Posts tagged ‘FDA’

July 22, 2014

Could health apps save your life? That depends on the FDA

The Food and Drug Administration (FDA), which regulates everything from heart monitors to horse vaccines, will soon have its hands full with consumer health apps and devices.

 

The vast majority of the health apps you’ll find in Apple’s or Google’s app stores are harmless, like step counters and heart beat monitors. They’re non-clinical, non-actionable, and informational or motivational in nature.

 

But the next wave of biometric devices and apps might go further, measuring things like real-time blood pressure, blood glucose, and oxygen levels. More clinical apps

The FDA is charged with keeping watch on the safety and efficacy of consumer health products. Lately, that includes more clinical apps as well as devices you might buy at the drugstore, like a home glucose testing kit.

 

“It’s these apps that the FDA says it will regulate,” David Bates of Brigham and Women’s Hospital and Physicians Organization told VentureBeat in June. These apps will have to go through the full 510(k) process,” he said.

 

Dr. Bates chaired a group to advise the FDA on how to review health apps for approval, and on how the FDA should advise developers.

“It was intended to help them think through the risk factors involved with these products and then give guidance on how to stay within the guidelines,” he said.

 

“The device makers were asking from some guidance from The FDA on what types of things would be accepted and what wouldn’t,” Bates said.

Bates believes the FDA wants to use a light regulatory touch when looking at new medical devices. “The FDA definitely wants innovation to continue in clinical devices,” he said. “In general the FDA knows that the vast majority of apps are just informational.”

 

The FDA’s final guidance focuses on a small subset of mobile apps that present a greater risk to patients if they do not work as intended.

 

Health apps go mainstream

The big software companies (Apple, Google, and Samsung) have brought attention to, and lent credibility to, apps and devices that do more than count steps. These companies are building large cloud platforms designed to collect health data from all sorts of health apps and devices.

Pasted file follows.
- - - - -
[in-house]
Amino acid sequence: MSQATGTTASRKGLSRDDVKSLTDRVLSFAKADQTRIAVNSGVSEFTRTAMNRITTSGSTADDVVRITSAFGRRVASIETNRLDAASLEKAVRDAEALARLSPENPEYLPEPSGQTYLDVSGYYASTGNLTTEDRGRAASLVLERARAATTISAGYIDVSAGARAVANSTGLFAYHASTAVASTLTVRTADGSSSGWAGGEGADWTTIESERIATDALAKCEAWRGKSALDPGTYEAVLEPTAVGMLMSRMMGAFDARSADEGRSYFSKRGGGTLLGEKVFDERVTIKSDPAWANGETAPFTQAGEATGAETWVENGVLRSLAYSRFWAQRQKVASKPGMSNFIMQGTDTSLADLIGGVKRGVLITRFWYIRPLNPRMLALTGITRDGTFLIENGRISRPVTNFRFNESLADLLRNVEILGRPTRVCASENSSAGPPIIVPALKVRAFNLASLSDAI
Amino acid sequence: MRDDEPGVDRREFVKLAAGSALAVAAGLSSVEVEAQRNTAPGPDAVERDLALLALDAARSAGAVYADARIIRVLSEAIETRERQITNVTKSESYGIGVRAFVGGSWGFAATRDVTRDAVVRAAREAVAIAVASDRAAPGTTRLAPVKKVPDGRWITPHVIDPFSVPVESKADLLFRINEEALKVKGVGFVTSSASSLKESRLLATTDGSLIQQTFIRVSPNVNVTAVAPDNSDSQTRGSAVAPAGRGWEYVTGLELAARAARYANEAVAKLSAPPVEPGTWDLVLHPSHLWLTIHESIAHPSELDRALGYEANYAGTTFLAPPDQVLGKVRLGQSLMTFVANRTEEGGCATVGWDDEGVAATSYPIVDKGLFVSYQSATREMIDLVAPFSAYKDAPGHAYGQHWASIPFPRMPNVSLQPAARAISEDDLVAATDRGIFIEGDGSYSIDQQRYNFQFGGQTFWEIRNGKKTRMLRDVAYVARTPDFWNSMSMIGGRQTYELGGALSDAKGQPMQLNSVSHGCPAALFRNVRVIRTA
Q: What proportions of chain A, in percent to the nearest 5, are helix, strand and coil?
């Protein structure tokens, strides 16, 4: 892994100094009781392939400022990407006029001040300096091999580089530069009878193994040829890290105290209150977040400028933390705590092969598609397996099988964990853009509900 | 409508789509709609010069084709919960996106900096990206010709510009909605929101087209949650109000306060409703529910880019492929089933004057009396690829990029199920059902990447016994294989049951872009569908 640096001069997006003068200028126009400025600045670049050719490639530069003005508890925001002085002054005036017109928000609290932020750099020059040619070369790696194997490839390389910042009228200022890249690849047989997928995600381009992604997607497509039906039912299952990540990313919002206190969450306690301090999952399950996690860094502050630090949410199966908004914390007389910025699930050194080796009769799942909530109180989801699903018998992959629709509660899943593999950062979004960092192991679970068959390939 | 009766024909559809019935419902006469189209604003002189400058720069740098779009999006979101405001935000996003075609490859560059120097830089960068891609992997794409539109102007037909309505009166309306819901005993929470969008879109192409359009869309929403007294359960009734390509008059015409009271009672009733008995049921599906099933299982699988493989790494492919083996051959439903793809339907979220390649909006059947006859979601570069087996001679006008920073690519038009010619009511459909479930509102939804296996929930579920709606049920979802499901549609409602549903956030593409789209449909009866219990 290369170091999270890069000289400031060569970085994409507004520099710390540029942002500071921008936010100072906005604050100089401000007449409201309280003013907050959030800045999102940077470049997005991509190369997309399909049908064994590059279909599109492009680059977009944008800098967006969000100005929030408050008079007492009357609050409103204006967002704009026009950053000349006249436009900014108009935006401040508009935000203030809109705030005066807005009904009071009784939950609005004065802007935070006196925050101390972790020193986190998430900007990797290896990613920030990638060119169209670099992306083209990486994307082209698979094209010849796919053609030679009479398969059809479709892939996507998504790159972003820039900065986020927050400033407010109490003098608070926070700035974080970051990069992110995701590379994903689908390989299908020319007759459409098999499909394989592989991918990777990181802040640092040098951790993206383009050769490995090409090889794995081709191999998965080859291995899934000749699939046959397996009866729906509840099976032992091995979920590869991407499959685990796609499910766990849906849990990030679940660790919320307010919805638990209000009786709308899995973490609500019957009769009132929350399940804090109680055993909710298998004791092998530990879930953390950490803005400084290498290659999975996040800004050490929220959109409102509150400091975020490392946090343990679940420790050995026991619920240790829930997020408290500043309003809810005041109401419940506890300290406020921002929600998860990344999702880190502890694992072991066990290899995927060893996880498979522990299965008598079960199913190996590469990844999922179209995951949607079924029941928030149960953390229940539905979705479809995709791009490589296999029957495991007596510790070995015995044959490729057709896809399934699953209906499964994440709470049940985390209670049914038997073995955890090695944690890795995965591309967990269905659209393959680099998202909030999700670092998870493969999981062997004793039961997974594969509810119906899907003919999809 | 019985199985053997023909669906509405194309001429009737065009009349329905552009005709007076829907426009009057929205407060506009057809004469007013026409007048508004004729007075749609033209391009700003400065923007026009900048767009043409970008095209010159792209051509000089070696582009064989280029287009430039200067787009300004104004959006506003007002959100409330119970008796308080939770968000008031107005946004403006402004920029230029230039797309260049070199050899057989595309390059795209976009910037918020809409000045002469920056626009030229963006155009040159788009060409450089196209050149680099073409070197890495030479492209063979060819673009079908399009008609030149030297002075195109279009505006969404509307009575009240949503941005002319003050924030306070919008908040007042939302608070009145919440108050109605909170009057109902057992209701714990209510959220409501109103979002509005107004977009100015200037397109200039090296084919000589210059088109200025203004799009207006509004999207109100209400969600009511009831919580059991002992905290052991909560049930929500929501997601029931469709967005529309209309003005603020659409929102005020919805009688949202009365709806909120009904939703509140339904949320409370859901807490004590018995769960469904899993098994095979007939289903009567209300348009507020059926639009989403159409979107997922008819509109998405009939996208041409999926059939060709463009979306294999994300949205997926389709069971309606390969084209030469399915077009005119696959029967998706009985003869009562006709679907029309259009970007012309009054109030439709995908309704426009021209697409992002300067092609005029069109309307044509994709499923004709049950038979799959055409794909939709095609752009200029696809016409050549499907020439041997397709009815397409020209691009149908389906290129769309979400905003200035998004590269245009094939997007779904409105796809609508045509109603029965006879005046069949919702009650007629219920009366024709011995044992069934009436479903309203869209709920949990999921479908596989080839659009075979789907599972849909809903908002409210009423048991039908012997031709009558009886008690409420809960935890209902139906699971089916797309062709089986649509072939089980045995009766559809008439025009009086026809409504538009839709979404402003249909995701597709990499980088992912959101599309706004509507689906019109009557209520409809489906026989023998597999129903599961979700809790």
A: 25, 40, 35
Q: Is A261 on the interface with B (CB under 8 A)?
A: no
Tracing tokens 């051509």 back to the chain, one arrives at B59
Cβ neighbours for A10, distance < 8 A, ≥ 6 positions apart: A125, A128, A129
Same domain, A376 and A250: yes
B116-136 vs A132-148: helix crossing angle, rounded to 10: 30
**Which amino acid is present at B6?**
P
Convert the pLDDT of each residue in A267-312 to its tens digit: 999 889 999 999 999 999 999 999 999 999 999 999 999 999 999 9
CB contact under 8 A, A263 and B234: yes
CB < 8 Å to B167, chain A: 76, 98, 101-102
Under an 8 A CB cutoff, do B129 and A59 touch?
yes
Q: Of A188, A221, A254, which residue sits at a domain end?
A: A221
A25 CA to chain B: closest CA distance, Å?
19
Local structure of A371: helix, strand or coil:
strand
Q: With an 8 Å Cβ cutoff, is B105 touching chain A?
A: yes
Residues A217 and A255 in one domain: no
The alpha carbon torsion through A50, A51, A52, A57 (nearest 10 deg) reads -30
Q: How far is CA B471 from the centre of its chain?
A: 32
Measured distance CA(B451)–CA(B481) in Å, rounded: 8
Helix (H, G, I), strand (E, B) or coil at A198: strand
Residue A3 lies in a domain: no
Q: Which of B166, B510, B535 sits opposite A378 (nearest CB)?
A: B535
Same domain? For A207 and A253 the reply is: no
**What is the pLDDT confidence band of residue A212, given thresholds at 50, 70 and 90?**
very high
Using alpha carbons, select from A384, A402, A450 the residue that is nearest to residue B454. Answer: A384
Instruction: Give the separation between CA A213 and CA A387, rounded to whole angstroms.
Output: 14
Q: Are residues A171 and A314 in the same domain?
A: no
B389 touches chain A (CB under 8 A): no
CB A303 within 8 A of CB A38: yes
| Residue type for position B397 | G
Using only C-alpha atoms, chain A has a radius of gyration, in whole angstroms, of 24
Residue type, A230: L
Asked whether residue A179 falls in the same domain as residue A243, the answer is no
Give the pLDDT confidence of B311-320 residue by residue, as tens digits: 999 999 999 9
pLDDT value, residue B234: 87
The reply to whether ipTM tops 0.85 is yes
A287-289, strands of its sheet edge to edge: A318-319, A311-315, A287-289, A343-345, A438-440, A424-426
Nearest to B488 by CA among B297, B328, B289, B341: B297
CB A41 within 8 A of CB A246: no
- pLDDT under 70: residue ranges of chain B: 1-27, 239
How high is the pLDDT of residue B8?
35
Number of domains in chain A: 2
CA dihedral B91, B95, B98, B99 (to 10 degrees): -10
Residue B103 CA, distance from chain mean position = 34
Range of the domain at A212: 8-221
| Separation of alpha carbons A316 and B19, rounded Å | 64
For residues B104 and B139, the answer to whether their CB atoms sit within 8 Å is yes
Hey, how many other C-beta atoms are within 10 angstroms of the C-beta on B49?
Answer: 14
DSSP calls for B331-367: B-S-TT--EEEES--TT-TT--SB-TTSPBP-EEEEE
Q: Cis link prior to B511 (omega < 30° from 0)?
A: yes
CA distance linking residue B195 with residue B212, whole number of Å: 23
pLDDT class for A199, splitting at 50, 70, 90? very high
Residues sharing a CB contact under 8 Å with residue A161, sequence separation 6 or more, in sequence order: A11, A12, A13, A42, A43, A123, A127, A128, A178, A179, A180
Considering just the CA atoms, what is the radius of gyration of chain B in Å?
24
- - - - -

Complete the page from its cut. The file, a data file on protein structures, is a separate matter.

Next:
more at http://venturebeat.com/2014/07/21/health-apps-are-changing-so-must-the-fda/

 

Source: venturebeat.com

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October 15, 2013

FDA clarifies its position on mobile medical apps | L’Atelier: Disruptive innovation

Two years after publishing a first draft,the FDA has now come up with ‘final guidance’, comprising a list of recommendations in the field of m-health apps. Given the legal void to date and the confusion brought about by dealing with issues on a case by case basis, the United States health regulatory authority is trying to bring greater clarity to a market which numbers over 40,000 apps and is estimated to be worth some $26 billion by 2017. The uncertainty surrounding the regulatory issues has been slowing down the growth of this market, despite the fact that the Obama administration is strongly encouraging innovation in order to combat deficiencies in medical care and make hospital budgets stretch further.

Apps to be regulated like traditional medical instruments

The FDA is focusing its recommendations on two types of software applications, whose use approximates to that of traditional professional medical equipment. Firstly this means applications developed to be used as an accessory to a regulated medical device, e.g. an app that enables a doctor to make an analysis or diagnosis using a tablet or to send/receive a patient’s medical information via a mobile device. The second group includes any app that actually transforms a mobile platform into a regulated medical device, a clear example being the AliveCor app which enables a mobile device to create electrocardiograms. These two categories are to come under FDA regulatory oversight and such apps will be assessed for compliance according to the same criteria as for any other medical equipment. By contrast, the FDA has no intention of regulating fitness or wearable technology apps such as activity tracker Fitbit andonline calorie counter and diet plan app MyFitnessPal. Explained Jeffrey Shuren, Director of the FDA’s Center for Devices and Radiological Health: “We wanted to achieve the right balance and include only those applications which could potentially harm the user.”

See on www.atelier.net

From Pharmaceutical Industry digital vision

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